One of the main strengths of a good developer should be his ability to understand the problem, then find a solution for it quickly. Nine times out of ten, the solution is already out there. That's why efficient teams are teams that go to the net.

Google first. Design second.

The more frameworks, the better.

The best developer is one who is comfortable working within an existing set of protocols and procedures. Coders who have spent their time working with an MVC framework are reliable, predictable, and will give you higher quality code.

Their code will be more standardized, which means that it will be easier to test, and easier to maintain. When they leave, if their work is inside an established framework, new hires will be able to understand it better.

When you interview a new developer, make sure they tell you what established frameworks they've used. Make sure they describe how they've used them, which ones they prefer, and which ones they didn't. This question will tell you a lot about whether or not this guy is a team player who works withing established protocols, or a maverick, who would prefer to code it like a cowboy.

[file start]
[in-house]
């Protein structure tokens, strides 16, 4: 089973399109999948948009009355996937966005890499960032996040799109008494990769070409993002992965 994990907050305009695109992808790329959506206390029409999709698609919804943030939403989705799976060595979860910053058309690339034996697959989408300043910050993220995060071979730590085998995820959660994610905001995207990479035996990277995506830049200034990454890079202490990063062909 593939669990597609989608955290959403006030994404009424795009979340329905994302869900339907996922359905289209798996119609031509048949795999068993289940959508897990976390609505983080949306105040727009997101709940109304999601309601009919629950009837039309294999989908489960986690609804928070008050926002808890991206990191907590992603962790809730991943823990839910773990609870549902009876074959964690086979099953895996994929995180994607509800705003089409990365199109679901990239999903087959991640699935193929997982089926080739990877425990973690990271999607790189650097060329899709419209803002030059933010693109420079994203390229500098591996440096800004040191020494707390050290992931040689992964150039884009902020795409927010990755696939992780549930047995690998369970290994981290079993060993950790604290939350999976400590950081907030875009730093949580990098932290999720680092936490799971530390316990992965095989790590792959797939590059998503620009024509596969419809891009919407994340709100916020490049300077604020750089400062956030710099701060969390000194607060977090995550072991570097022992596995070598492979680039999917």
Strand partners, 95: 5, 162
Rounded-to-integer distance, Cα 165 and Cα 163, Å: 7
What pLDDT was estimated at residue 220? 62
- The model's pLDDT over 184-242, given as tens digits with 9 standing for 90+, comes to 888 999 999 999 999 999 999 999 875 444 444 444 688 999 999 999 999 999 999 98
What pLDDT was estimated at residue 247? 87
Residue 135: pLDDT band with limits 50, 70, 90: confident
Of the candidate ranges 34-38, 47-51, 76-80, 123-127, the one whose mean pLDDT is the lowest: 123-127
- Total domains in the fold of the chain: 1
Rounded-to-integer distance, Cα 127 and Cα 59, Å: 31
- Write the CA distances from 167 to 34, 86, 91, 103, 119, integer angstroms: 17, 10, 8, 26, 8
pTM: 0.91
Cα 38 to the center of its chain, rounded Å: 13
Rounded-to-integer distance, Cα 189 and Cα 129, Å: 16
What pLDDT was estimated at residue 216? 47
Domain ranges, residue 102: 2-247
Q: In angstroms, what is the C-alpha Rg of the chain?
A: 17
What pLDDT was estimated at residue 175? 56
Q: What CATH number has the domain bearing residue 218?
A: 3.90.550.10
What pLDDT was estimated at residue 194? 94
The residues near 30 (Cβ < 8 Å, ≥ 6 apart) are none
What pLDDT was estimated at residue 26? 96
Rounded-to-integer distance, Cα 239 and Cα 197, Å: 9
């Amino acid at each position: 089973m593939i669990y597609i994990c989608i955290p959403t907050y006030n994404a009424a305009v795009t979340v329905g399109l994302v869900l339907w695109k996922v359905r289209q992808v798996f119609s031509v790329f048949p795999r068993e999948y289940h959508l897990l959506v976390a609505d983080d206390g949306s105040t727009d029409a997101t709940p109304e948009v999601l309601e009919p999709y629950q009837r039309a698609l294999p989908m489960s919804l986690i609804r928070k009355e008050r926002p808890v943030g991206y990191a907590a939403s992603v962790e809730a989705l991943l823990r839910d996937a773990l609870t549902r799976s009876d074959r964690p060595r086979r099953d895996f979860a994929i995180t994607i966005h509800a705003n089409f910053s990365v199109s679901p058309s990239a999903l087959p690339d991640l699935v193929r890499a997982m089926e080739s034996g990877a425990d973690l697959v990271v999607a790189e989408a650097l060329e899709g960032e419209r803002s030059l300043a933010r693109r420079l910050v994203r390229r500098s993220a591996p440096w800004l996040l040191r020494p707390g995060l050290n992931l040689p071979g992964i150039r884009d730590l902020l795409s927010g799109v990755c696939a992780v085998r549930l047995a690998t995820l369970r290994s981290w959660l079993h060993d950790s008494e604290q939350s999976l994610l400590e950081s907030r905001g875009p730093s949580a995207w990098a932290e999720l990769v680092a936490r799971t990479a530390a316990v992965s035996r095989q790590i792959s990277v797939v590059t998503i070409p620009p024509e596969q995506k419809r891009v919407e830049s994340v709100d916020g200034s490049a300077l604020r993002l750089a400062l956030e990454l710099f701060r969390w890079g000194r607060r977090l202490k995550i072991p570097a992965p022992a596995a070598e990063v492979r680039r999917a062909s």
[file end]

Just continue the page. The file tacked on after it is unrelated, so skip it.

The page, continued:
Testable code is essential

10 years ago, the main principle of development was GIOTD: Get It Out The Door. There was less QA. There was less automated testing. But today, it should be a different story. There is enough evidence from empirical studies to conclude that code written with unit and functional tests is better than written without.

Developers should have experience with various test frameworks. More important, they should understand why test are written in the first place. They should have an opinion on TDD - Test Driven Development. Whether or not they agree with it, they should be familiar enough with the concept to formulate an opinion.

Defining rules for Red, Yellow, and Green status bars

Continued from: Three things that make successful red-yellow-green status bars

When setting the status of a project metric (tickets closed, lines of code written, % build passing, etc), it's essential that you have a clear and consistent policy. If one metric is green, it should mean the same thing the green means for another metric.